With slick sides and sharp angles, the Michael Monsoor and its sister ship Zumwalt cut a distinct silhouette along the waters of San Diego.
Unlike a nearby aircraft carrier whose radar juts into the air, the Monsoor's composite material deckhouse is polygonal and covered with material that can absorb radar waves and increase the destroyer's stealthiness. Its "tumblehome" hull looks like something you'd see on a ship built before World War I.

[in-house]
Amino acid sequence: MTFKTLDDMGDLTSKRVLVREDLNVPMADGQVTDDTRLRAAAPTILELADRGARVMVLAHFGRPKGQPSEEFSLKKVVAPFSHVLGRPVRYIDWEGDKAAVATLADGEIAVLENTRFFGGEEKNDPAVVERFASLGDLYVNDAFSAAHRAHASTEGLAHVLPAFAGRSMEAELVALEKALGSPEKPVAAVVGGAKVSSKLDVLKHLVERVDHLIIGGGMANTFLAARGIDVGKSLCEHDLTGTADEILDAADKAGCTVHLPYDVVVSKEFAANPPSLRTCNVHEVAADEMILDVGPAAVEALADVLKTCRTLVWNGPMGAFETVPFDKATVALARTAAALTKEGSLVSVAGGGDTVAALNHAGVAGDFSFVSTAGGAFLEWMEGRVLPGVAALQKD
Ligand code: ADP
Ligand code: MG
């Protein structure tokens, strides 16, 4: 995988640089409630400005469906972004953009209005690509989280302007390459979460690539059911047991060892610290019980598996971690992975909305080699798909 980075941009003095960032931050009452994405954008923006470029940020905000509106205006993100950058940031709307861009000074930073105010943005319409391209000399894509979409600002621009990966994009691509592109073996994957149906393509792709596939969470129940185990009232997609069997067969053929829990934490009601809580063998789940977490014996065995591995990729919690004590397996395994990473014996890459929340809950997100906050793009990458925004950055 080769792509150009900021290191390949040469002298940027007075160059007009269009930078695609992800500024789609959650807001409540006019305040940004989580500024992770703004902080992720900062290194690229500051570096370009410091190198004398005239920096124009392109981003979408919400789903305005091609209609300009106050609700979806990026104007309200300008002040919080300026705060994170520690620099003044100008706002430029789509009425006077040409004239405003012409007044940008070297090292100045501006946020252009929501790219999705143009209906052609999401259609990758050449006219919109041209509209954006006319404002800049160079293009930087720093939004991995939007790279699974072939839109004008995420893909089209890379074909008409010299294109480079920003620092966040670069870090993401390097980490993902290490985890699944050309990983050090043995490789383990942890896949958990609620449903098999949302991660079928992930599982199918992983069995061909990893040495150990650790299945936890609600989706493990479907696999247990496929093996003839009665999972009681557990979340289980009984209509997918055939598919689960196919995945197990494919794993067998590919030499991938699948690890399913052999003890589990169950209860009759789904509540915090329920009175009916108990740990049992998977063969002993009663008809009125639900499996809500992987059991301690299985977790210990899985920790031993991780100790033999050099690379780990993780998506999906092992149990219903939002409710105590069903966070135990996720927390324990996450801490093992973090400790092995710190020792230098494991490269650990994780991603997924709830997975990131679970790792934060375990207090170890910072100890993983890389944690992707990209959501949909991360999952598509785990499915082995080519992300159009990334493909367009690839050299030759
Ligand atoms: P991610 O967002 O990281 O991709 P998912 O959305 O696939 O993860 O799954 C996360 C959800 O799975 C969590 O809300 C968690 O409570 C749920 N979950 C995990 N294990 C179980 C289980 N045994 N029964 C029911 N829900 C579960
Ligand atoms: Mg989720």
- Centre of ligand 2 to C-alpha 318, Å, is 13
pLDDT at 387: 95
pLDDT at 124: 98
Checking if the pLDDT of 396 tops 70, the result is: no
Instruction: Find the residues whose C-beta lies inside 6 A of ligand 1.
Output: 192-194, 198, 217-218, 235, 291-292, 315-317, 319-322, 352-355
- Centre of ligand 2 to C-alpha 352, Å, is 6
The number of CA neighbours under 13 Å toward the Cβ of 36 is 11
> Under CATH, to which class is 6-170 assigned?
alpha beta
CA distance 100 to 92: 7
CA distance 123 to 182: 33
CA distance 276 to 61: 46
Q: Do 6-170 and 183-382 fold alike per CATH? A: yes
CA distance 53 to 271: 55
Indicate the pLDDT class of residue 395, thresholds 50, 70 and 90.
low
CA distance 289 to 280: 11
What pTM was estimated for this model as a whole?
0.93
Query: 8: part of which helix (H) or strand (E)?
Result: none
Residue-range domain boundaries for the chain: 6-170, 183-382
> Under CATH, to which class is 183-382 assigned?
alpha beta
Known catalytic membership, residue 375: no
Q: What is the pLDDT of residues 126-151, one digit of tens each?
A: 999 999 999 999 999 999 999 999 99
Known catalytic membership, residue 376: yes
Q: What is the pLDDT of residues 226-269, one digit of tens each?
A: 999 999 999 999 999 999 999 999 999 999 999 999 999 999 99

There's no denying that the Navy’s newest destroyer, the USS Zumwalt, looks sleek is hell on the outside, and watching it fire off 10 sweet Long Range Land-Attack Projectile rounds in a minute is enough to bring a tear to any patriot’s eye.
The Maine-built USS Zumwalt, the first-in-class “stealth” destroyer that left the Bath shipyard on Sept. 7, broke down Monday night while passing through the Panama Canal and was towed by tugs through the locks toward the Pacific Ocean.